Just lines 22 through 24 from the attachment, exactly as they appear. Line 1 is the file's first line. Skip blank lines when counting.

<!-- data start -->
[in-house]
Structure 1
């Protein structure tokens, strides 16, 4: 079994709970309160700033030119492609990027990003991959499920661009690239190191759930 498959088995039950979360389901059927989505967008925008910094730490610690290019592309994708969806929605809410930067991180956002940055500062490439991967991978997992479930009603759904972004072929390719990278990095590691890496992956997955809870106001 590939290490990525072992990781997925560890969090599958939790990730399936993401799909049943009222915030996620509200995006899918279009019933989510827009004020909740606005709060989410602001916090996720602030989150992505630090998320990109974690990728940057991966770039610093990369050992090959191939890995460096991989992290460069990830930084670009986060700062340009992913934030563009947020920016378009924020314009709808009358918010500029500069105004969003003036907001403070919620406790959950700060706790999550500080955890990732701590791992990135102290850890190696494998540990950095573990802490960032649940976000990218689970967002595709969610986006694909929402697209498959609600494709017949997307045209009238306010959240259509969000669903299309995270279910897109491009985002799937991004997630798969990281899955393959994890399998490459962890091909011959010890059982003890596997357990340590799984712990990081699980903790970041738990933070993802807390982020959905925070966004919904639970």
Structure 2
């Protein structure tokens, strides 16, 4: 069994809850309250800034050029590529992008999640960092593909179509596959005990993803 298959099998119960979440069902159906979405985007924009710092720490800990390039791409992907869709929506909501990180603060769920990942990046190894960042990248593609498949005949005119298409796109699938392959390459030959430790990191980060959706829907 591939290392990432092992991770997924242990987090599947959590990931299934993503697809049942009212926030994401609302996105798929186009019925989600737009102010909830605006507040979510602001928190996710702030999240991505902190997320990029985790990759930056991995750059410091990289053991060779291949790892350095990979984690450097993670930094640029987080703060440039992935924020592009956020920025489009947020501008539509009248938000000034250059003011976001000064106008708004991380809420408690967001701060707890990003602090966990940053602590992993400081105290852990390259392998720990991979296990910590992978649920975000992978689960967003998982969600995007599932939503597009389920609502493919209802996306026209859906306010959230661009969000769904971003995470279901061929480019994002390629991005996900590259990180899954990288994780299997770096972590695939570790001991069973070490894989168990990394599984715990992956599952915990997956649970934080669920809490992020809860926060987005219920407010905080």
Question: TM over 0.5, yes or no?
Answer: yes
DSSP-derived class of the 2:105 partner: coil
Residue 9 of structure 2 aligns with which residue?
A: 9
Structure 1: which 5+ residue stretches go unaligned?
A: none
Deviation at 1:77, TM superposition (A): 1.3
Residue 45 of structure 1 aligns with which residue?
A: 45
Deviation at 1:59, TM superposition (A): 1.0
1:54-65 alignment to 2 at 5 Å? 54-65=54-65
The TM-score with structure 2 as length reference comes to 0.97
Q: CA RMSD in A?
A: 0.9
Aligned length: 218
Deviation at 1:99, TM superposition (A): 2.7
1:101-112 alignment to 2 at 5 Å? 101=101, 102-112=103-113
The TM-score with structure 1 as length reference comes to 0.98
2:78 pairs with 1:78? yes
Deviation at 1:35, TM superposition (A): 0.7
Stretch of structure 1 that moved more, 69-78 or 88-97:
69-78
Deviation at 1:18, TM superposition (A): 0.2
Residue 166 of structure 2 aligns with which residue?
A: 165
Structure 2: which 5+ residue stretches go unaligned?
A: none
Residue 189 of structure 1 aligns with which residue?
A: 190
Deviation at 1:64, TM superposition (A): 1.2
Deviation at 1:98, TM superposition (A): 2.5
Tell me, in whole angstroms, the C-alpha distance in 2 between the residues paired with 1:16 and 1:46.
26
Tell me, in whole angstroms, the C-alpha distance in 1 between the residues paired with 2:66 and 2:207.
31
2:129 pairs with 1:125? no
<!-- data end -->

Deviation at 1:99, TM superposition (A): 2.7
1:101-112 alignment to 2 at 5 Å? 101=101, 102-112=103-113
The TM-score with structure 1 as length reference comes to 0.98